Duck or Unicorn: When is a Rental Car Not a Rental Car?

ACRA believes that all companies in the business of renting motor vehicles to consumers for a profit must abide by the same set of rules and pay the same taxes and fees.

There is an old saying that if something walks like a duck, looks like a duck, and goes “quack” repeatedly, chances are you are looking at a duck.

Recently, however, new entrants into the car rental industry — so-called peer-to-peer car rental companies or personal motor vehicle rental companies — have insisted to federal and state legislators and regulators that they are not car rental companies. Instead, they say they are more akin to a unicorn — a mythical beast never seen before but should be treated with reverence and differently than other beasts, just because they have a different business model.

ACRA members welcome all forms of competition from all corporate “beasts.” But they are steadfast in their view that the playing field must be level between competitors, the consumer safety safeguards must apply to all, and all entities in the business of renting motor vehicles to consumers for a profit must abide by the same set of rules and pay the same taxes and fees.

Over the past few years, many federal and state legislators have concluded that fundamental federal and state consumer protection, insurance, and tax provisions must apply to other new entrants into the ride-hailing (Uber and Lyft) and hotel (Airbnb) industries. Therefore, these protections and rules should be applied to the personal motor vehicle rental companies such as Turo and Getaround.

The transactions are the same — whether one is examining a traditional car rental company or a personal vehicle rental company, possession of a vehicle is temporarily transferred (1) for use according to the contracted terms; (2) for a short period of time; (3) by an individual; and (4) if the activity is intended to produce a profit.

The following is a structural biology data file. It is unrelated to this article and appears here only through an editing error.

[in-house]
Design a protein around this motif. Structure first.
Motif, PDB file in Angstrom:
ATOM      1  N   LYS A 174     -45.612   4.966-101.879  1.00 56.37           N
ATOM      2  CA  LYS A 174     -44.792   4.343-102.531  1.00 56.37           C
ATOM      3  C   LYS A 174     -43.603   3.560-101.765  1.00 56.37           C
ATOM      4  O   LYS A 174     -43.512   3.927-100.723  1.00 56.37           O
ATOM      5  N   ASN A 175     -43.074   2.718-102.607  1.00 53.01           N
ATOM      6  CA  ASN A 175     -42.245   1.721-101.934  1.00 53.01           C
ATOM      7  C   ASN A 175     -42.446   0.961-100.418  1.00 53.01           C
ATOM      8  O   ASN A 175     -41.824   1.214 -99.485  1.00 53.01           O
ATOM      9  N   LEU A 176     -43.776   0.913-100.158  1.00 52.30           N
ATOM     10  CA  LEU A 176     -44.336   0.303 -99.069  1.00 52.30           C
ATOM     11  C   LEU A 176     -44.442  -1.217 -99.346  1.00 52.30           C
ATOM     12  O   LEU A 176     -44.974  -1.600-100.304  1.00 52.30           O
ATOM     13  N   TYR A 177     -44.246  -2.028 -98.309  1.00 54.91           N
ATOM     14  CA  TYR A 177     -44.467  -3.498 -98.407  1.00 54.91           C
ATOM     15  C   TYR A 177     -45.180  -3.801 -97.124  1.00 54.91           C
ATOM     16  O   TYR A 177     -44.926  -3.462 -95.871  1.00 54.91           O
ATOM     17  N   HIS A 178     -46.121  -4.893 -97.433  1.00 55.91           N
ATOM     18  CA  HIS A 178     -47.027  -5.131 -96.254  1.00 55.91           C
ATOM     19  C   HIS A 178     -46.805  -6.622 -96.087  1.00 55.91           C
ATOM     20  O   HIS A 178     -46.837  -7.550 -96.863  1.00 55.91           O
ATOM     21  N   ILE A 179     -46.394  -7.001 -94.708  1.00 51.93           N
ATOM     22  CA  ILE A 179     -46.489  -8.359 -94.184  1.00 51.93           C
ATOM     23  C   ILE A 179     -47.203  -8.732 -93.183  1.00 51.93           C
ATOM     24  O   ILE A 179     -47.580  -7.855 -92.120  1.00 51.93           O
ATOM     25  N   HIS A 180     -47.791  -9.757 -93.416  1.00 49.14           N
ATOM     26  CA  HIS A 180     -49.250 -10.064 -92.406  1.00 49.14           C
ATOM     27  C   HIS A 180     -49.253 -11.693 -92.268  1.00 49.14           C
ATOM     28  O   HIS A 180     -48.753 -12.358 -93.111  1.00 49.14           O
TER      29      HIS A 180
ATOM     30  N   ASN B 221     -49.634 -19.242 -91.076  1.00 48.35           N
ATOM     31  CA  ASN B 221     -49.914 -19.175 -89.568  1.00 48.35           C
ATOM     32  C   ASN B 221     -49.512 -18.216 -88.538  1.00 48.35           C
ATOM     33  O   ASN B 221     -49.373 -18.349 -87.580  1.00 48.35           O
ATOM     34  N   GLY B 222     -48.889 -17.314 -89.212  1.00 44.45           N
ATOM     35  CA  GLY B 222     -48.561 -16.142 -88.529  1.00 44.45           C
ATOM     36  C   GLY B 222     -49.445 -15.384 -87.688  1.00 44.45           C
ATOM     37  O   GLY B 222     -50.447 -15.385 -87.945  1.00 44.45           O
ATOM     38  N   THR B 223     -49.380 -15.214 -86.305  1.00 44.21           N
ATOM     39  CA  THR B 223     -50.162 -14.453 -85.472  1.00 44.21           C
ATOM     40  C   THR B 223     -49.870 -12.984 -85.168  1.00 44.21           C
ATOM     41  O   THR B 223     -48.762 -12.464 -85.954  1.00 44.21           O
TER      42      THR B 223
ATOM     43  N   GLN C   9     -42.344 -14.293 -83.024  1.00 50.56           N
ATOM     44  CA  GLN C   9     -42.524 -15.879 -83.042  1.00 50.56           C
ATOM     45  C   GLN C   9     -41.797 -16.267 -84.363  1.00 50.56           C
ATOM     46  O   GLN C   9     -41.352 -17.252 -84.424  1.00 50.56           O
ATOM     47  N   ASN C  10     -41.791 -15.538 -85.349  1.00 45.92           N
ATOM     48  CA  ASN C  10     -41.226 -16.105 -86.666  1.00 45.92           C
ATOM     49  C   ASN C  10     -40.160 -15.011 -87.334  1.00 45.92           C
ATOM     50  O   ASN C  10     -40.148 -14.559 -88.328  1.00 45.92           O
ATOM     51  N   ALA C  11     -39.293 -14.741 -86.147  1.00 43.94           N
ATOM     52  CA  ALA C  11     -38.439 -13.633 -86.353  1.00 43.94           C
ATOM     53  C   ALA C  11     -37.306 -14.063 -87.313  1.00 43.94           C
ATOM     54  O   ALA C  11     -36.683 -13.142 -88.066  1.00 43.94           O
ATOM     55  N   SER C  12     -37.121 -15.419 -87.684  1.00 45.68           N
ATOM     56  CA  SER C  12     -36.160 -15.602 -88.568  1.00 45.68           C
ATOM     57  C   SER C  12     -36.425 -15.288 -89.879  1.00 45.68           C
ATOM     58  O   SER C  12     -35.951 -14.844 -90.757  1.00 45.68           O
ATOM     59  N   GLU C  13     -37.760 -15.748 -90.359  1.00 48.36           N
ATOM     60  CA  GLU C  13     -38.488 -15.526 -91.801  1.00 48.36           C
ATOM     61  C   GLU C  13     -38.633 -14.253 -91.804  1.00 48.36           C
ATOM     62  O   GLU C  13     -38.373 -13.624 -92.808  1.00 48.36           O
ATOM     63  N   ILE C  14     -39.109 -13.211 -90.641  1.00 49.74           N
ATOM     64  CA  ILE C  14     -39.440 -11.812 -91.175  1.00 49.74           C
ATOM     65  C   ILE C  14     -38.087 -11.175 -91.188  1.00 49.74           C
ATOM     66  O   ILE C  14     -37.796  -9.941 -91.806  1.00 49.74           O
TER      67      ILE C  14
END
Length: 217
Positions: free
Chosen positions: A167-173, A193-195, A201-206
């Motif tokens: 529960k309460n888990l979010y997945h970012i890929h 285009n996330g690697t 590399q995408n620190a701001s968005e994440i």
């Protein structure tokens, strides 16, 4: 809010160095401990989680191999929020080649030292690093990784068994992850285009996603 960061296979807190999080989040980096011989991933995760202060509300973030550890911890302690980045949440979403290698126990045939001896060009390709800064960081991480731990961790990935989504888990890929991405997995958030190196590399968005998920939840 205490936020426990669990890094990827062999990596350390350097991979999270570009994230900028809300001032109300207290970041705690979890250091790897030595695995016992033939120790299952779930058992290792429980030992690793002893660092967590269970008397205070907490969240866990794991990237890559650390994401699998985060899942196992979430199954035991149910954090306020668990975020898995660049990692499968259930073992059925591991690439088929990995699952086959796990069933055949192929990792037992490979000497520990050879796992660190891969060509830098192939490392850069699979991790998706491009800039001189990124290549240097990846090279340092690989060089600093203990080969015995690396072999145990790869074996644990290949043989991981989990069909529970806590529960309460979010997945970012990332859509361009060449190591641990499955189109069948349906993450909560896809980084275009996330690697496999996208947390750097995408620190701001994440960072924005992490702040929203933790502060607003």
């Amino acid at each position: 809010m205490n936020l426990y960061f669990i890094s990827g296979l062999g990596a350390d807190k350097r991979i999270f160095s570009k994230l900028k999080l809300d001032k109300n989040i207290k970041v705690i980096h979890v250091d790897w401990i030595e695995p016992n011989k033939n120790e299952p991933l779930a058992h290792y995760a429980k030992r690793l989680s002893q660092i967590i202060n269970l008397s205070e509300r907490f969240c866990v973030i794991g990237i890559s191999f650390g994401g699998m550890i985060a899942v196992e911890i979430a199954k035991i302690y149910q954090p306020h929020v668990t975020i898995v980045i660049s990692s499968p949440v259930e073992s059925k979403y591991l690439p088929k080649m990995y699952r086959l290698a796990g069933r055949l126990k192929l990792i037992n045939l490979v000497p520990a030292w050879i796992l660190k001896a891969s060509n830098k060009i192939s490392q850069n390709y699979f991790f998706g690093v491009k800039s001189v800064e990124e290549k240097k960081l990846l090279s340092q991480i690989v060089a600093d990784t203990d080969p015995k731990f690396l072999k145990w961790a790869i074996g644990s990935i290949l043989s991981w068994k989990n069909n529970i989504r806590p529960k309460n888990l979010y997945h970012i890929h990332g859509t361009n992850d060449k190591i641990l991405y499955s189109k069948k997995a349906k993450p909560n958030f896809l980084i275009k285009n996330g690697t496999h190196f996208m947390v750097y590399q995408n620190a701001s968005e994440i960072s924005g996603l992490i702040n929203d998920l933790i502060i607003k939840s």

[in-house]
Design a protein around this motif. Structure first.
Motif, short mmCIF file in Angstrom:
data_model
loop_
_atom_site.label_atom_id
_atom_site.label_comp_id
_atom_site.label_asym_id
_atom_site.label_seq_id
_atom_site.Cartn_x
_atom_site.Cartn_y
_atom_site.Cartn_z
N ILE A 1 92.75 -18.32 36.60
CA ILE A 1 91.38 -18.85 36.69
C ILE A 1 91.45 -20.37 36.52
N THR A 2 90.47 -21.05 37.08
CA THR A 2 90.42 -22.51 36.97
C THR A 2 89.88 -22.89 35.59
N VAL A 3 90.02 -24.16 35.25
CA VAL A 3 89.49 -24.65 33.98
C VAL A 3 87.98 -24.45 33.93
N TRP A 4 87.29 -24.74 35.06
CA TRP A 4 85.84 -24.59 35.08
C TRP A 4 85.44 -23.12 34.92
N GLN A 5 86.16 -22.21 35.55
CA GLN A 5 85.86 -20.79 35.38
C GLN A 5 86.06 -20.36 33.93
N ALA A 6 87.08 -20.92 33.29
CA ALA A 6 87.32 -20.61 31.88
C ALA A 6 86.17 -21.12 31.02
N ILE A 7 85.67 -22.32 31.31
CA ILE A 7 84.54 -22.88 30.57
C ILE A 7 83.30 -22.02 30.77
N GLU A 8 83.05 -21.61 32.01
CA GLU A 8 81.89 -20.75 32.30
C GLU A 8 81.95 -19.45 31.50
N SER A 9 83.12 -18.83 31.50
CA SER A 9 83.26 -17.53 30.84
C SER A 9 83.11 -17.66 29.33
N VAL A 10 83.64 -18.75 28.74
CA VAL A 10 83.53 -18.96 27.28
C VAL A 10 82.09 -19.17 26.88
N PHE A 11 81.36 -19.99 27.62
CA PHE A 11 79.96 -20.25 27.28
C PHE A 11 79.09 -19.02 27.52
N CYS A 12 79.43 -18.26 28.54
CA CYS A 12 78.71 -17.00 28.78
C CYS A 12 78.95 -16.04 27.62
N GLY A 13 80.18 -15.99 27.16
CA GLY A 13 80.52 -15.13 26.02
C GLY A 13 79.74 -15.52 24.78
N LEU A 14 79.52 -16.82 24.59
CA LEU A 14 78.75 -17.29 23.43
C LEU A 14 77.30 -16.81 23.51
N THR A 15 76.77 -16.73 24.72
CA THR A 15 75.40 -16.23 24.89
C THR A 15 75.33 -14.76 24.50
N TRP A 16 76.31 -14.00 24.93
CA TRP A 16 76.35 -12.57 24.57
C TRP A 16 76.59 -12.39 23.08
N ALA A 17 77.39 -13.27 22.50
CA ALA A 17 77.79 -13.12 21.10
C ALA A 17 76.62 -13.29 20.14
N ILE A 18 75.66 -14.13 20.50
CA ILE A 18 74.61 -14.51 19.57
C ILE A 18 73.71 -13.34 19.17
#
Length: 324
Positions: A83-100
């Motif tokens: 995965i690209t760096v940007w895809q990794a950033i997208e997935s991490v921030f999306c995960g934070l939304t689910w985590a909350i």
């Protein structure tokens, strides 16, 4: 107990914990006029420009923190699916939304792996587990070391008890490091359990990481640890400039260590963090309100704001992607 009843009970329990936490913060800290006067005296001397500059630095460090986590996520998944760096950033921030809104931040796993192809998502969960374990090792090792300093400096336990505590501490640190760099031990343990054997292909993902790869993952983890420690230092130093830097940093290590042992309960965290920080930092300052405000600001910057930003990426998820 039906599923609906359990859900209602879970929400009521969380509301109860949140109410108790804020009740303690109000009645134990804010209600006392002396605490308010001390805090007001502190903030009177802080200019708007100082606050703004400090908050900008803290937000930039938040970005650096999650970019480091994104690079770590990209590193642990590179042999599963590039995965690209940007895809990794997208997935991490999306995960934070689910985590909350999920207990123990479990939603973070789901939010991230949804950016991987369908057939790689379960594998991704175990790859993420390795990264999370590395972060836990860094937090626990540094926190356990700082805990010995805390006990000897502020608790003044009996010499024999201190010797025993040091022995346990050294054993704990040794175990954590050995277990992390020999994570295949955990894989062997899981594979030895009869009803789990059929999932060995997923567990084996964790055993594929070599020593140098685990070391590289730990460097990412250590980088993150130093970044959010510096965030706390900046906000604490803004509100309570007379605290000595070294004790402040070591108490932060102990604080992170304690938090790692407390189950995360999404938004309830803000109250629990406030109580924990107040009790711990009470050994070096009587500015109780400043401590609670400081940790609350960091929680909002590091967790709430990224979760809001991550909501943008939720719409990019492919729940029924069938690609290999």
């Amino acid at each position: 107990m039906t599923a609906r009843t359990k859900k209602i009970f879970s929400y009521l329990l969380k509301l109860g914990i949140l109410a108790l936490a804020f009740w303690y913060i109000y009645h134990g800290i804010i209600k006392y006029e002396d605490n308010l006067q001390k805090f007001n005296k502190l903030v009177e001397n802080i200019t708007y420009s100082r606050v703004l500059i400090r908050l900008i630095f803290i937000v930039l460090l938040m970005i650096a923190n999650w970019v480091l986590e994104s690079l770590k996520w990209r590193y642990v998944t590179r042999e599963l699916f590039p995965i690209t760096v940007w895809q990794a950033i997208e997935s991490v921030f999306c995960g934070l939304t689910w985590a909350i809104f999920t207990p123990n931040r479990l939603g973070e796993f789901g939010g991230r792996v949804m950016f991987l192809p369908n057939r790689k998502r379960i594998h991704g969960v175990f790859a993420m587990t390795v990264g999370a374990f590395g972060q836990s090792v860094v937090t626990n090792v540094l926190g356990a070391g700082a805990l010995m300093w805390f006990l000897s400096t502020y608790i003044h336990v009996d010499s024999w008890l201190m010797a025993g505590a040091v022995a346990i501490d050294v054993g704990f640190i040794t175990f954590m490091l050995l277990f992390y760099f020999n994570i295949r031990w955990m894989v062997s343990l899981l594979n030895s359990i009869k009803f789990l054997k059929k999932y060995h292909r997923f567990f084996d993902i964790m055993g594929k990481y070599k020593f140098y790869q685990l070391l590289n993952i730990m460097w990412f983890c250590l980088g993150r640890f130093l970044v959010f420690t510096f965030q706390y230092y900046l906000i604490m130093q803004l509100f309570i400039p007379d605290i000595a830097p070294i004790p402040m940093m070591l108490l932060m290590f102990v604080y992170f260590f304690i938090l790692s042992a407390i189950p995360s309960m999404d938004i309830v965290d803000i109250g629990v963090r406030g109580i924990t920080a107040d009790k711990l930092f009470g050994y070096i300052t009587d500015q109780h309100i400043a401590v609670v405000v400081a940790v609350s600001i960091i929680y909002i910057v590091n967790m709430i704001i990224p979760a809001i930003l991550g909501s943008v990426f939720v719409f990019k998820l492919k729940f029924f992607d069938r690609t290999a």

As a result, the fundamental federal and state regulation of these transactions should be the same with respect to consumer protections and disclosures, insurance, and taxes and fees properly imposed on car rental transactions by the federal and state governments.

For example, if one were to buy the arguments of the personal motor vehicle rental companies, these companies would be permitted to do the following:

• Engage in age, gender, race, and ethnicity discrimination in determining which customers should be permitted to rent a vehicle.

• Sell insurance products to consumers despite the fact that the personal vehicle rental company is not licensed to sell these products in the state, and the individuals selling these products have not been trained in state insurance law and disclosure requirements.

• Sell collision damage waiver products to consumers without the price caps currently in place in some states and without the requirements on advertising and disclosures required for all other car rental transactions in each state.

• Rent cars to consumers with open federal safety recalls, including vehicles with defective Takata airbags, without remedying those defects prior to the rental or disclosing these defects to the renter.

• Exempt these transactions from state business and special taxes that apply to other car rental transactions and support millions in state spending. Avoid payment of the airport concession fees paid by every other airport user for the right to pick up consumers or passengers at airports in the state.

• Decide unilaterally whether the insurance of the owner of the rented vehicle, the personal vehicle rental company, or the renter will be “primary” or “secondary” under state law.

• Escape potential vicarious or negligent entrustment liability in states with such laws, despite the fact that such potential liabilities are not disclosed to the owners of the vehicles.

Simply stated, personal motor vehicle rental companies are “ducks,” not “unicorns,” and should be regulated just like every other duck in the competitive “pond.”

ACRA members welcome the competition from new entrants with different business models, but only if all competitors are recognized as ducks by federal and state authorities and are governed as such.

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